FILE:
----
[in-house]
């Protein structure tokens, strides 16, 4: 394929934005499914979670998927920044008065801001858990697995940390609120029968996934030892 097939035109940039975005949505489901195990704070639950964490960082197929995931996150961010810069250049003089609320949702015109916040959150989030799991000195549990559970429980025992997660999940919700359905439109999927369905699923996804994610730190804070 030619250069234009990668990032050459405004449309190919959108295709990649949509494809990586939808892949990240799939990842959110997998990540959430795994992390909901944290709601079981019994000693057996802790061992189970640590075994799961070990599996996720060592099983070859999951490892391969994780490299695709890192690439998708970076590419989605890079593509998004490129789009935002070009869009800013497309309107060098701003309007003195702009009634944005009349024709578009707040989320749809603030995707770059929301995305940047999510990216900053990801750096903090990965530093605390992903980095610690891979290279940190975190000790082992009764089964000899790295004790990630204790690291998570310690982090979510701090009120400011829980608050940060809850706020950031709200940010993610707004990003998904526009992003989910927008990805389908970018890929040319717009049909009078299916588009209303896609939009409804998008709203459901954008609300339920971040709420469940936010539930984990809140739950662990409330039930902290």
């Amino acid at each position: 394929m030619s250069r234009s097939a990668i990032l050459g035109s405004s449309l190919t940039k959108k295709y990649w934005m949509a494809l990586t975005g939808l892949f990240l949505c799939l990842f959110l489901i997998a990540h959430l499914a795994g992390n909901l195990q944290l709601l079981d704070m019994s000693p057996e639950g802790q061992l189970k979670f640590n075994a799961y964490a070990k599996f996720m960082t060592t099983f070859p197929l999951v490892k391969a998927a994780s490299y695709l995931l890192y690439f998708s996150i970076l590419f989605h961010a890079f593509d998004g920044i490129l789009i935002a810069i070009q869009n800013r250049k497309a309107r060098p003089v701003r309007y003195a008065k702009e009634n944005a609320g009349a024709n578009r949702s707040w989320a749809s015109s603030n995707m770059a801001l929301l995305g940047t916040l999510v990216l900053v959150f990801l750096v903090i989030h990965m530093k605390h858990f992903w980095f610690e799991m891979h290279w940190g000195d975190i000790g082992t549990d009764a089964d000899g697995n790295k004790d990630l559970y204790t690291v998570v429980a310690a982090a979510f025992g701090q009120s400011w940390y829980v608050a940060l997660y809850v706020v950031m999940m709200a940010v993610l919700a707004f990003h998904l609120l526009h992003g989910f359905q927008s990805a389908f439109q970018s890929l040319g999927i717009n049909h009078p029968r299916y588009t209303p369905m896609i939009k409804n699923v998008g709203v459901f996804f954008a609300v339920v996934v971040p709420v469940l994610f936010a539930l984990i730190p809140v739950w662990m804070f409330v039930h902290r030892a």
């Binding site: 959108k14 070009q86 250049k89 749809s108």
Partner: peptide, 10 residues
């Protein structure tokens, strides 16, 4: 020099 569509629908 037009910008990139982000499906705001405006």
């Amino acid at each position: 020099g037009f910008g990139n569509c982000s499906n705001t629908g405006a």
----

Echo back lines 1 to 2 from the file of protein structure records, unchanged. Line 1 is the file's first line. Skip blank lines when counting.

[in-house]
């Protein structure tokens, strides 16, 4: 394929934005499914979670998927920044008065801001858990697995940390609120029968996934030892 097939035109940039975005949505489901195990704070639950964490960082197929995931996150961010810069250049003089609320949702015109916040959150989030799991000195549990559970429980025992997660999940919700359905439109999927369905699923996804994610730190804070 030619250069234009990668990032050459405004449309190919959108295709990649949509494809990586939808892949990240799939990842959110997998990540959430795994992390909901944290709601079981019994000693057996802790061992189970640590075994799961070990599996996720060592099983070859999951490892391969994780490299695709890192690439998708970076590419989605890079593509998004490129789009935002070009869009800013497309309107060098701003309007003195702009009634944005009349024709578009707040989320749809603030995707770059929301995305940047999510990216900053990801750096903090990965530093605390992903980095610690891979290279940190975190000790082992009764089964000899790295004790990630204790690291998570310690982090979510701090009120400011829980608050940060809850706020950031709200940010993610707004990003998904526009992003989910927008990805389908970018890929040319717009049909009078299916588009209303896609939009409804998008709203459901954008609300339920971040709420469940936010539930984990809140739950662990409330039930902290």